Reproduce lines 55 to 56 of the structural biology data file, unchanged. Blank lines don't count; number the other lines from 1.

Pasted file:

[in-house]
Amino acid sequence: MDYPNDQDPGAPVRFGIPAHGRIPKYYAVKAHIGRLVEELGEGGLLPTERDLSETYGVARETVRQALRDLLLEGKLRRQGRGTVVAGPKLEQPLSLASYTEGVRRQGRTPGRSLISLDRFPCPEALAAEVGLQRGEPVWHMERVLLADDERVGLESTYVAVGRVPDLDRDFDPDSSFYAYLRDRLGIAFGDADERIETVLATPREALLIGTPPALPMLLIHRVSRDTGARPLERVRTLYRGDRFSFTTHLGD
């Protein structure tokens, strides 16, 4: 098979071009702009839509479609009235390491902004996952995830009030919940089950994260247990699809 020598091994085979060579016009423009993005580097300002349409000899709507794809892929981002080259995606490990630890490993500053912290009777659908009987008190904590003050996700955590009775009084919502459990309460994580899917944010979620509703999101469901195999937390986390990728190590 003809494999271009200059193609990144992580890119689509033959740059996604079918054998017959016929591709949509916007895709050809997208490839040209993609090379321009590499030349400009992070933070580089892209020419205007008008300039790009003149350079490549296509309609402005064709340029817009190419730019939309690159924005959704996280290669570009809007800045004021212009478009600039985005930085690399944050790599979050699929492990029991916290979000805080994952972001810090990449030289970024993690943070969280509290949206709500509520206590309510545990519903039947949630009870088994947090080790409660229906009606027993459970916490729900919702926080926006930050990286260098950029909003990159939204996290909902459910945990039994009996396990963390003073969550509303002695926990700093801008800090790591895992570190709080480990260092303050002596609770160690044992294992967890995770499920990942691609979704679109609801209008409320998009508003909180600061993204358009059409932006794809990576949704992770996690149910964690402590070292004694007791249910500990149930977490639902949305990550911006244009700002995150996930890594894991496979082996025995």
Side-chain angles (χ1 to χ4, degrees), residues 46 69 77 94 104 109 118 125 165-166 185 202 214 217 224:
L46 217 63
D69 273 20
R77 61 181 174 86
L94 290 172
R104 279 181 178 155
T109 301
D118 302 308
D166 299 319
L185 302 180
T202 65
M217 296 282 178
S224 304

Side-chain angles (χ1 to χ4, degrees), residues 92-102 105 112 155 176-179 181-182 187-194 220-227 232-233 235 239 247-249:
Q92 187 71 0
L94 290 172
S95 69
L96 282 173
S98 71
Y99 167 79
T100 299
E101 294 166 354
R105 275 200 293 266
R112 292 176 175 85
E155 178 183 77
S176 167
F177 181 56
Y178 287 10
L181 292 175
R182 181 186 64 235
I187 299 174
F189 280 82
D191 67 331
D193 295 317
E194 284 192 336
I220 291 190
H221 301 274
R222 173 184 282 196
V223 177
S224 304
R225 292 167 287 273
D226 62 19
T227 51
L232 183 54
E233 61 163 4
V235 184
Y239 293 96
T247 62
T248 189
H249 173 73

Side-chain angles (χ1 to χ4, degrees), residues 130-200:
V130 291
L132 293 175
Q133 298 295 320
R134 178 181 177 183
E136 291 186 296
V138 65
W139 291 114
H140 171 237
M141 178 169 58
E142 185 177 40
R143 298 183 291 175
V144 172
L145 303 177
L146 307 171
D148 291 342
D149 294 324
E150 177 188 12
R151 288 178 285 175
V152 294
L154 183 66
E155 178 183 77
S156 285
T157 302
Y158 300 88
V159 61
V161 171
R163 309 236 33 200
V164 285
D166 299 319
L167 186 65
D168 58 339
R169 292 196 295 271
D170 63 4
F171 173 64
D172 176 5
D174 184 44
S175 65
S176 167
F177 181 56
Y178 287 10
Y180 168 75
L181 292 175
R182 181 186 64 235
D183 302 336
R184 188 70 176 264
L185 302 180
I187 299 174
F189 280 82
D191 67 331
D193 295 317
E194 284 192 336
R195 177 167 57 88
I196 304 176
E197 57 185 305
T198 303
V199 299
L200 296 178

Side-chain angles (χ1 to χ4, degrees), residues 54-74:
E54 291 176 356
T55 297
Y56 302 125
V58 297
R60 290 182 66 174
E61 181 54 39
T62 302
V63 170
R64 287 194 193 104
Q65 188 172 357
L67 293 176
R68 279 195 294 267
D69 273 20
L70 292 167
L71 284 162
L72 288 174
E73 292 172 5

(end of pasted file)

V130 291
L132 293 175